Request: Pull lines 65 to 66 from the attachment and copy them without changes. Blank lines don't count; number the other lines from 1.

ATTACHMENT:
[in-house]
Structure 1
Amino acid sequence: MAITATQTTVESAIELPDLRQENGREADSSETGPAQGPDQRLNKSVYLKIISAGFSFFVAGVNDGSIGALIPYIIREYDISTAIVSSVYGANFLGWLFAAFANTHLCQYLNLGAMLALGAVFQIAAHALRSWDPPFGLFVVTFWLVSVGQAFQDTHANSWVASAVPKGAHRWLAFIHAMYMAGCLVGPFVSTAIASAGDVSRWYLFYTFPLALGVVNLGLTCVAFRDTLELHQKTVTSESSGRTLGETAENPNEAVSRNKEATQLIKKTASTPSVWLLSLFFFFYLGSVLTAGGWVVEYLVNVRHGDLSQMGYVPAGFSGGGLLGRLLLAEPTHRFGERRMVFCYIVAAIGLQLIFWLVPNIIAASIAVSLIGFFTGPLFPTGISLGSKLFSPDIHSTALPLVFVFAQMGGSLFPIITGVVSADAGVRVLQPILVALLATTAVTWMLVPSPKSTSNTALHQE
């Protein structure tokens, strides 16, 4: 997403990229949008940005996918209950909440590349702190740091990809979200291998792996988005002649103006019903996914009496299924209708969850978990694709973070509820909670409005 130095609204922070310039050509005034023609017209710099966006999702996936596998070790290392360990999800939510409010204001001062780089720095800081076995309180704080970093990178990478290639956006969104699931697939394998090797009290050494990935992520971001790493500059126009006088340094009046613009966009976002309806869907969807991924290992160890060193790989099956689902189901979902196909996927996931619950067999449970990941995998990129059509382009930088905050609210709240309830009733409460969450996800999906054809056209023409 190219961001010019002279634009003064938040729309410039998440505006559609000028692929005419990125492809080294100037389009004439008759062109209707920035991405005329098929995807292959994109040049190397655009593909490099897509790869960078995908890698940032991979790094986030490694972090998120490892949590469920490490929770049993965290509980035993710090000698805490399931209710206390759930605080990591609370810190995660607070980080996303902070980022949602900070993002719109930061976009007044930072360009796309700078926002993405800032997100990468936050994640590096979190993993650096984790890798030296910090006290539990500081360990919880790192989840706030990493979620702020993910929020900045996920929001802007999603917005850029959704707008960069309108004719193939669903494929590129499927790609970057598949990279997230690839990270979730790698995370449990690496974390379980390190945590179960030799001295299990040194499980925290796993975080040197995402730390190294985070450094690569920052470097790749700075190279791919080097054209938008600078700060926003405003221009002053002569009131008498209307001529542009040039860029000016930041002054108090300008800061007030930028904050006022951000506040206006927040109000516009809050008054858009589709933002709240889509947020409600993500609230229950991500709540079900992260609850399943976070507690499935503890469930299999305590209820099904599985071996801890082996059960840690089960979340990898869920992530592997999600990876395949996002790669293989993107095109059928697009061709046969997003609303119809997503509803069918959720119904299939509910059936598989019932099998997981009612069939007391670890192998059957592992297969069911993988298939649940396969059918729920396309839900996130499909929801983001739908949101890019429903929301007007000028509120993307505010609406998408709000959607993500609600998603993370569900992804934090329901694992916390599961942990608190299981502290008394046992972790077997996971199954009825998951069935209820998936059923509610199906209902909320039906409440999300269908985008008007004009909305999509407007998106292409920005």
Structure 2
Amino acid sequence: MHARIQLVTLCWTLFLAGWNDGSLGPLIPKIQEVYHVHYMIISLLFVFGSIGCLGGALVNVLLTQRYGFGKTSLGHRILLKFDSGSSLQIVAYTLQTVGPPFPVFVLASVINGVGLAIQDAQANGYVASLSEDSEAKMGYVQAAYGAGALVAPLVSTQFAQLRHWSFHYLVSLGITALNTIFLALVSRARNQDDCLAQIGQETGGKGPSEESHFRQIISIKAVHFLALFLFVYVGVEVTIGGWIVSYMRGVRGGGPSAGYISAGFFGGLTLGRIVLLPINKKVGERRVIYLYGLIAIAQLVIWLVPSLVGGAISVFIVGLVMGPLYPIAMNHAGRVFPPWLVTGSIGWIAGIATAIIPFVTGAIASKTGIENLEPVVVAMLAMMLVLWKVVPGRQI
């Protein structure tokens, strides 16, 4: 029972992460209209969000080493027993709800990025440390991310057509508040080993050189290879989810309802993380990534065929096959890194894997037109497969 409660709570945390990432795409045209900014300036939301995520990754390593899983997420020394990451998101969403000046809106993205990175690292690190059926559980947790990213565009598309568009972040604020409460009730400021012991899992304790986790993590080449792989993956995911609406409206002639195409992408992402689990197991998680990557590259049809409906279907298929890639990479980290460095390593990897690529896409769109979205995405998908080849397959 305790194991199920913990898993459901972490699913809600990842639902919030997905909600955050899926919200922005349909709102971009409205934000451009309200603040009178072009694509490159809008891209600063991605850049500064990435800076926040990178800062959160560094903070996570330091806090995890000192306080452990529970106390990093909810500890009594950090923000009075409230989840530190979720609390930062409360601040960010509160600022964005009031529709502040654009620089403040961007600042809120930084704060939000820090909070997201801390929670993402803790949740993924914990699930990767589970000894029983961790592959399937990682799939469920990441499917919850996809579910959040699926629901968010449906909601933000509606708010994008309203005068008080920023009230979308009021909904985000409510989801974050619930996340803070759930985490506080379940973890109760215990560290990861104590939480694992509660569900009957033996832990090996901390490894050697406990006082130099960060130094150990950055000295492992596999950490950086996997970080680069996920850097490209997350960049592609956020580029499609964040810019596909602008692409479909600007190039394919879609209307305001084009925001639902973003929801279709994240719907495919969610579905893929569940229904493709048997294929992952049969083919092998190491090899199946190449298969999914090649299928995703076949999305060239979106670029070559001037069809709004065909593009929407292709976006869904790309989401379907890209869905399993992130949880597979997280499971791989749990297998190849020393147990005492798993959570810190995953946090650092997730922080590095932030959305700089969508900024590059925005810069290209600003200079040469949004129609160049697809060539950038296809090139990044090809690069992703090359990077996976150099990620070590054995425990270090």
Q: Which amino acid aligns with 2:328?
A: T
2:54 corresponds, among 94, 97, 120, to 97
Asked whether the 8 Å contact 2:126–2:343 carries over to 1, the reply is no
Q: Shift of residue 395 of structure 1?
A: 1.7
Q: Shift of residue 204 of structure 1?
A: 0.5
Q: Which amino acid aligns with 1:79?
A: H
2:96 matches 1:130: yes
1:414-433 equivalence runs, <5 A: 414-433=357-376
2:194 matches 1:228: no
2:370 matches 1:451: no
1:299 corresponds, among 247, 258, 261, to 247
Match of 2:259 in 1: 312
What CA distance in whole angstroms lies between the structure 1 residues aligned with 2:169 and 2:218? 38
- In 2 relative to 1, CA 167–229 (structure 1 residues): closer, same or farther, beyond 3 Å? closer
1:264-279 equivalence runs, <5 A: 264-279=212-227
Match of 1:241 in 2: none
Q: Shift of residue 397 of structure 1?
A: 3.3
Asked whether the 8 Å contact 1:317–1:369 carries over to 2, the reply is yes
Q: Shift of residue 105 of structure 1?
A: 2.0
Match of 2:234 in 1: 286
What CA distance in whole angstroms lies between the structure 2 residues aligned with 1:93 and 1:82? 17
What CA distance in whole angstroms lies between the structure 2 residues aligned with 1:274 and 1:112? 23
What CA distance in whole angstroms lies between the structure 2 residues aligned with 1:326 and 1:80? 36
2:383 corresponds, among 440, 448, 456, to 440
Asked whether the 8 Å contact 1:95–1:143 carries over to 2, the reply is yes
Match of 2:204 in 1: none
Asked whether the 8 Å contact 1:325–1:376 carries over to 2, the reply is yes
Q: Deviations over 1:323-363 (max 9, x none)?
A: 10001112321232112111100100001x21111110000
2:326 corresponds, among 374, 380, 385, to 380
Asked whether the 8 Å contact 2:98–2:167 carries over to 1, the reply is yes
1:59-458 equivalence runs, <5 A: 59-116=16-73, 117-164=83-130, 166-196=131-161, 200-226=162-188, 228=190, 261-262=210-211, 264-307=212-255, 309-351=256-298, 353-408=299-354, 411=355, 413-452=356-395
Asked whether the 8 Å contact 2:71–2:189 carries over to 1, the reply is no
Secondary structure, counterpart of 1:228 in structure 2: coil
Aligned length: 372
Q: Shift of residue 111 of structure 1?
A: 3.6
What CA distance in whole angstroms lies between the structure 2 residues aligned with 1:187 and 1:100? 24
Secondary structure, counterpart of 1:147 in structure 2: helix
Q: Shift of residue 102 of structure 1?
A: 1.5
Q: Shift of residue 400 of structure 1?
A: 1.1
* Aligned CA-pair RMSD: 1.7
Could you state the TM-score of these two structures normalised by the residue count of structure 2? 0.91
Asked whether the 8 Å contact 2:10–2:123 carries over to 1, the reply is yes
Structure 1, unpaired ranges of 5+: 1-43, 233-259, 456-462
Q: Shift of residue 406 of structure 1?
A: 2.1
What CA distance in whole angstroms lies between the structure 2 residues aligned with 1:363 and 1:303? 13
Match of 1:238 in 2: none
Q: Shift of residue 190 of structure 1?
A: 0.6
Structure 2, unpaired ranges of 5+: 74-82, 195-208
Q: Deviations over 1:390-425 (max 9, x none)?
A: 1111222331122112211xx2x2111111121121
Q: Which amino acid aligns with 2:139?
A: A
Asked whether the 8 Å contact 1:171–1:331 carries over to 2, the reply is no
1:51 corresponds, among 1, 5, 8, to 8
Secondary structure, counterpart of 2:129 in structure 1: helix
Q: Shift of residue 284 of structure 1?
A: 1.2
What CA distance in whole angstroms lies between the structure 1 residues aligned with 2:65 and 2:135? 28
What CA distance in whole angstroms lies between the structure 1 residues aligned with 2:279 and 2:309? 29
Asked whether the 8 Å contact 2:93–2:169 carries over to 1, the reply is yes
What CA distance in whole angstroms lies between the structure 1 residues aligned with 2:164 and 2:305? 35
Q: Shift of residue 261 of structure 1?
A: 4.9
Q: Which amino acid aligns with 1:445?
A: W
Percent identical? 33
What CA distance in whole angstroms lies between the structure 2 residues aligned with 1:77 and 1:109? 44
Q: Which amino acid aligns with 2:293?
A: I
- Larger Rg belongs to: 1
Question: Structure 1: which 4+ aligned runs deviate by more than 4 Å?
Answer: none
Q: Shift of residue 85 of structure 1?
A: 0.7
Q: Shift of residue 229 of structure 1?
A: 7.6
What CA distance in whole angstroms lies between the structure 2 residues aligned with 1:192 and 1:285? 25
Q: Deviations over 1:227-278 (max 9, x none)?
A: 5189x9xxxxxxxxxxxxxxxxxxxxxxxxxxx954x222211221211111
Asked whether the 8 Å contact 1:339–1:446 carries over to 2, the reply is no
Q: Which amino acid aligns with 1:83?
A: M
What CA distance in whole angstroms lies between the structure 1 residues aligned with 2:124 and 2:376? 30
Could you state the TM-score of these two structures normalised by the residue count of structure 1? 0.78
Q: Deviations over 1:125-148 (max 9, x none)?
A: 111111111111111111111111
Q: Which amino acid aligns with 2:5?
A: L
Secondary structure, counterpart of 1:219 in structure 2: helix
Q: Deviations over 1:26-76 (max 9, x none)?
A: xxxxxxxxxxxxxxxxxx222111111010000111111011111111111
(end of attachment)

Q: Shift of residue 190 of structure 1?
A: 0.6